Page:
Is SpaceX’s 2015 launch manifest realistic?
Looking at the 2015 flight calendar for Space Exploration Technologies (SpaceX ) shows a lot of activity for the year. The SpaceX launch manifest show no fewer than 15 launches on their docket. Included in the mix is a collection of never before attempted (for SpaceX anyway) orbits as well as the debut of the Falcon 9 Heavy launch vehicle. It is a lot of flights, in some cases barely two weeks separate flights. It marks an aggressive schedule but it is a realistic one?
Launch site preparation cannot begin until the previous rocket has left the pad. In the case of SpX-5, the delay from December to January meant the site crew could not start preparations for launch until Jan. 10. The company’s next launch is currently scheduled to take place 19 days later on Jan. 29 (NASA’s DSCVR mission).
The launch team will be very busy getting everything ready for the next launch. And this is by no means the shortest time frame the site crew will have to work with. The prep window between the launch of the DSCVR mission and the Feb. 17 launch of a Falcon 9 v1.1, carrying an Asia Broadcast satellite (ABS 3A, Eutelsat 115 West B), will be complicated by the February (to be determined) launch date for the TürkmenÄlem satellite. If SpaceX chooses to fly the Turkmeni mission between those two, the best case scenario puts launch site preparations at just 9 days.
In the case of missions to the International Space Station (ISS ), the launch time is calculated down to the second to preserve as much fuel as possible for rendezvous with the orbiting laboratory. This is what is known as an instantaneous launch (technically, SpaceX has one second to get the Dragon spacecraft and Falcon 9 booster off the pad and into the sky).
When SpaceX has a delay to the countdown on these types of flights? It results in a scrub and they have to recycle the attempt for another day and time.
In the case of a more typical launch window, SpaceX can reset and launch again, sometimes within minutes (SpaceX has shown an aptitude for , should it be a simple issue on the launch pad. SpaceX has far more many launch windows with this sort of freedom scheduled for 2015. The aforementioned February launches fall into this latter category. That will give SpaceX a little breathing room for launch site issues that will pop up.
Overall, the question still remains: is this a realistic launch schedule? In 2014, SpaceX had six launches for the year (the ISS mission CRS-5 slipped into 2015), which marked a dramatic uptick in the amount of launches that the Hawthorne, California-based company has demonstrated they are capable of carrying out. Even with this increase, SpaceX, on average, has only demonstrated the capability of launching at the rate of 2.3 times a year.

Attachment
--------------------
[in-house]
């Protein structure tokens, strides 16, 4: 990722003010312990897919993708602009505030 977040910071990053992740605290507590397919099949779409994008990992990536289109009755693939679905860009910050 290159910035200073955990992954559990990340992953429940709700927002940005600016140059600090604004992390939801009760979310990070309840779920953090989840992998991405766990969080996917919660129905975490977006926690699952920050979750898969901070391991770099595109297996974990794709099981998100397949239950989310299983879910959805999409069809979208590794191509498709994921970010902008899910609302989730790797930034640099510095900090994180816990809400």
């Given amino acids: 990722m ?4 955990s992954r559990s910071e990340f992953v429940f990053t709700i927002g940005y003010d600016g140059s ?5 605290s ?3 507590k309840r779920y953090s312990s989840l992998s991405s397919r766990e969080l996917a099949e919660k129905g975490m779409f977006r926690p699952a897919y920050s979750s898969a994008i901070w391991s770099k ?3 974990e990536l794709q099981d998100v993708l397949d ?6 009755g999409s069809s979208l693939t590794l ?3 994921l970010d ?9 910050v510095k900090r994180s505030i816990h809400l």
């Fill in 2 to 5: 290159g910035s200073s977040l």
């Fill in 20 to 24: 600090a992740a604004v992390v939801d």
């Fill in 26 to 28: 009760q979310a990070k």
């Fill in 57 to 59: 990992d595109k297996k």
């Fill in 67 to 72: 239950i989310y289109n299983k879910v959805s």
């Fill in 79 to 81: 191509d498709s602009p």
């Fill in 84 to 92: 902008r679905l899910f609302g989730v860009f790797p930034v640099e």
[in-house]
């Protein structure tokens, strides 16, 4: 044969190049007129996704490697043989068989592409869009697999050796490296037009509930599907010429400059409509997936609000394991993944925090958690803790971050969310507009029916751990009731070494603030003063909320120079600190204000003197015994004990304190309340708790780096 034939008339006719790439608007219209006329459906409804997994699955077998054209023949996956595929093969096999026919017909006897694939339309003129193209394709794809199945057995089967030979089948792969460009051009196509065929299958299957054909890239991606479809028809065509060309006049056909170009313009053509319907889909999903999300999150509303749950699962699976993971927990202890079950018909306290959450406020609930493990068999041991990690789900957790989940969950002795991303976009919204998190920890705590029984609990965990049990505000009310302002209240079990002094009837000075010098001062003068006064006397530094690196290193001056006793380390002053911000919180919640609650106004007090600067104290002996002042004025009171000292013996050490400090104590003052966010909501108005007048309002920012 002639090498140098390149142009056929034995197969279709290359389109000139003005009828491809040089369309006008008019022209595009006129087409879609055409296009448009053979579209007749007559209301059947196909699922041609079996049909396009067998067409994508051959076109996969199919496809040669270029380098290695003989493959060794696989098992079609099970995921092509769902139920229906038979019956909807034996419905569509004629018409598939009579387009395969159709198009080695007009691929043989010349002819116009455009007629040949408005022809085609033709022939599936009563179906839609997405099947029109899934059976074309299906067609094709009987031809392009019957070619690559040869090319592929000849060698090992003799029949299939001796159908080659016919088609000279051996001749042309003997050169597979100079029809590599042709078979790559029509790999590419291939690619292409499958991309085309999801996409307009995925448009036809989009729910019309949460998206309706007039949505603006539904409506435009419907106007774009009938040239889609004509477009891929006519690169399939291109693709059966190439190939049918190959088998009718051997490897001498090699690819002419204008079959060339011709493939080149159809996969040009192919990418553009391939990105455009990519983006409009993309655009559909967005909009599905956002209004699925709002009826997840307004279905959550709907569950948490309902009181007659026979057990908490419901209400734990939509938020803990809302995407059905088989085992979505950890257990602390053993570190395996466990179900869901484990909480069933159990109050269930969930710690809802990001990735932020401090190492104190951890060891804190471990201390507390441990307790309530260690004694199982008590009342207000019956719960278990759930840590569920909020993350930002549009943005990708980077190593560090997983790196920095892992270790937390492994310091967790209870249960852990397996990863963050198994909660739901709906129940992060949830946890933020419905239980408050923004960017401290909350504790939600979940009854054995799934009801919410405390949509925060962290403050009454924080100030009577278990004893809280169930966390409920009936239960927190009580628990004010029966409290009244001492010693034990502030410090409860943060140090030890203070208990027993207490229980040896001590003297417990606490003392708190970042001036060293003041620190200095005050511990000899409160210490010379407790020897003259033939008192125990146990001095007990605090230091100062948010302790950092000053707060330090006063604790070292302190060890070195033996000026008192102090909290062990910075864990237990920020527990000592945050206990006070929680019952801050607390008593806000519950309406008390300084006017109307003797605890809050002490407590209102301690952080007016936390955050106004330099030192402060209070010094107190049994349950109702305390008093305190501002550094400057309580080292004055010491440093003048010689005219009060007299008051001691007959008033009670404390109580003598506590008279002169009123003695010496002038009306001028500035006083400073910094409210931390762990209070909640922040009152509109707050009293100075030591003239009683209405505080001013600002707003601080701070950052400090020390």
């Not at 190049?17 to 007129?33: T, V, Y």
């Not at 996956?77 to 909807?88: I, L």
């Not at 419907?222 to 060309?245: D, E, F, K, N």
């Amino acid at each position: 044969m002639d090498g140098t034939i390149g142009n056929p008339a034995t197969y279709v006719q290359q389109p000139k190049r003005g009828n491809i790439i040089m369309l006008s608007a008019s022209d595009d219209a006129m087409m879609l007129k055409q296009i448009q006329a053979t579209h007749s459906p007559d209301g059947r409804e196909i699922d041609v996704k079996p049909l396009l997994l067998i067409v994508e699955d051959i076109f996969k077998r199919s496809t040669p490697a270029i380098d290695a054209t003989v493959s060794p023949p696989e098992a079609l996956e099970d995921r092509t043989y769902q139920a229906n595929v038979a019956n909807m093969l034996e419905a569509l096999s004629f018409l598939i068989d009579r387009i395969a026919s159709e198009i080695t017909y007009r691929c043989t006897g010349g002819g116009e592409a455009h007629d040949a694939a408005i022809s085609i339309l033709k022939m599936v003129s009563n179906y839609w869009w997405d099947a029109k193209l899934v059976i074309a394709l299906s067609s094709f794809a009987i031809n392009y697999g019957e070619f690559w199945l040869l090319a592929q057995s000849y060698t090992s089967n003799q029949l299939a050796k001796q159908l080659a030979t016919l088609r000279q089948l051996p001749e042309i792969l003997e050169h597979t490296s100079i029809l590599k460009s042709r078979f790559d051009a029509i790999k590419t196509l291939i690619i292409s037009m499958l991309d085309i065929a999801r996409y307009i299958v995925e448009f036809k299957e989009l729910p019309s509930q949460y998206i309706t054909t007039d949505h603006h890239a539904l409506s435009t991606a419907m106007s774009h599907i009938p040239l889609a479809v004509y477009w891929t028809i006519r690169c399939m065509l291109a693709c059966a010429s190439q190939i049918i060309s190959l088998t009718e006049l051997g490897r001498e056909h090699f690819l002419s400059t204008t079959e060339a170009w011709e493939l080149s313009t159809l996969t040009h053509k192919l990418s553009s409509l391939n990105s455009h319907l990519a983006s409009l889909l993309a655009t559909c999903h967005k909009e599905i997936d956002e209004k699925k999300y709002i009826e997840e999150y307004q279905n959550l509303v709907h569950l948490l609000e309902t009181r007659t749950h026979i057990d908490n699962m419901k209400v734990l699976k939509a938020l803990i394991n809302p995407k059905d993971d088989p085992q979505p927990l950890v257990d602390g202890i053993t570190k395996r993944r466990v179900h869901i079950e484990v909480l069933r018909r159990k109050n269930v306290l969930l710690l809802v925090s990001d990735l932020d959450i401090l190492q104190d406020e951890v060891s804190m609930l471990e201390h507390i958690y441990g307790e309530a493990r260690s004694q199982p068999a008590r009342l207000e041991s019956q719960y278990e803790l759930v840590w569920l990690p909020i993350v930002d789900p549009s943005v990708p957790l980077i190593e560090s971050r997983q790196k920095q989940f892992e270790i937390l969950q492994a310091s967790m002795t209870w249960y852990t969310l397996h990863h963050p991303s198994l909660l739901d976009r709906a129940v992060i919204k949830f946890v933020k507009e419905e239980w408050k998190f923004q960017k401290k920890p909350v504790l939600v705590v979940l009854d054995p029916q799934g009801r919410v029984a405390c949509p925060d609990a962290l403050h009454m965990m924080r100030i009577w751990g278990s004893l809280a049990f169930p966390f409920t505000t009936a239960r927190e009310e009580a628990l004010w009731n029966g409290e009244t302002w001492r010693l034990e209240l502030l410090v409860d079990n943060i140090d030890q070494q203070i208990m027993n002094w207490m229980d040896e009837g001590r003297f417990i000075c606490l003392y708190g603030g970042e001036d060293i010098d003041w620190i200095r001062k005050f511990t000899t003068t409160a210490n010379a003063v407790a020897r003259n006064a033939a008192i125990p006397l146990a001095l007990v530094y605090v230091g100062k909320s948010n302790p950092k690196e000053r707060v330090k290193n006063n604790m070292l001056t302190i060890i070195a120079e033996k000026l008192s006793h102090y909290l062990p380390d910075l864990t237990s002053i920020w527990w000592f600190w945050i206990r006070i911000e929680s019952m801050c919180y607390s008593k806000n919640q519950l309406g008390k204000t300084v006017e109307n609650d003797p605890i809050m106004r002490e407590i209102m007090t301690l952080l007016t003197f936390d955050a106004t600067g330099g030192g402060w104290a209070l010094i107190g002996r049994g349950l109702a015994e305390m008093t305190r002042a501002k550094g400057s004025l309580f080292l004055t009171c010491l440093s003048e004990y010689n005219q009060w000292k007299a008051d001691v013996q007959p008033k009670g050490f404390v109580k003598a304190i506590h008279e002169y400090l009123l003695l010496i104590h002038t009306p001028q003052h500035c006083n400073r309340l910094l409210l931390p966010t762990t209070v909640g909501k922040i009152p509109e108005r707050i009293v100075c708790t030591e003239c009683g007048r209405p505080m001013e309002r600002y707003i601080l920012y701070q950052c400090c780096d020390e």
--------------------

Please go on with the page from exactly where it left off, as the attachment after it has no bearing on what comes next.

SpaceX also has four missions that will be launched from Vandenberg Air Force Base’s Space Launch Complex 4E, located in California. To date, SpaceX has only carried out one mission from its VAFB facilities, the Sept. 29, 2013 flight of the CASSIOPE mission on behalf of MacDonald, Dettwiler and Associates.
This new calendar has more than doubled the number of flights that SpaceX carried out in the past year. SpaceFlight Insider’s launch calendar has as many as 17 missions possible for the coming year. SpaceX has demonstrated the capability of carrying out approximately one-third to about half of the missions that appear on its initial launch manifest. Part of the potential cause for the lack of completing the full manifest – is the fact that the company is working to have a good portion of the Falcon 9 family of boosters be reusable.
This past week, on Jan. 10, SpaceX attempted to further this effort by having the first stage of the F9 booster that sent a SpX-5 Dragon spacecraft on its way to the space station – land on an automated drone ship placed 200 miles off the coast of Jacksonville, Florida. Although the landing was not successful, the company came close to carrying out this feat – an effort highlighted by SpaceX’s CEO and Founder, Elon Musk during his tweets.
“Rocket made it to drone spaceport ship, but landed hard. Close, but no cigar this time. Bodes well for the future tho…Didn’t get good landing/impact video. Pitch dark and foggy. Will piece it together from telemetry and … actual pieces.”
SpaceX has made a name for itself by attempting to lower the cost of sending payloads to orbit – and developing innovative ways in which this is conducted.
Video courtesy of SpaceX
Joe Latrell is a life-long avid space enthusiast having created his own rocket company in Roswell, NM in addition to other consumer space endeavors. He continues to design, build and launch his own rockets and has a passion to see the next generation excited about the opportunities of space exploration. Joe lends his experiences from the corporate and small business arenas to organizations such as Teachers In Space, Inc. He is also actively engaged in his church investing his many skills to assist this and other non-profit endeavors.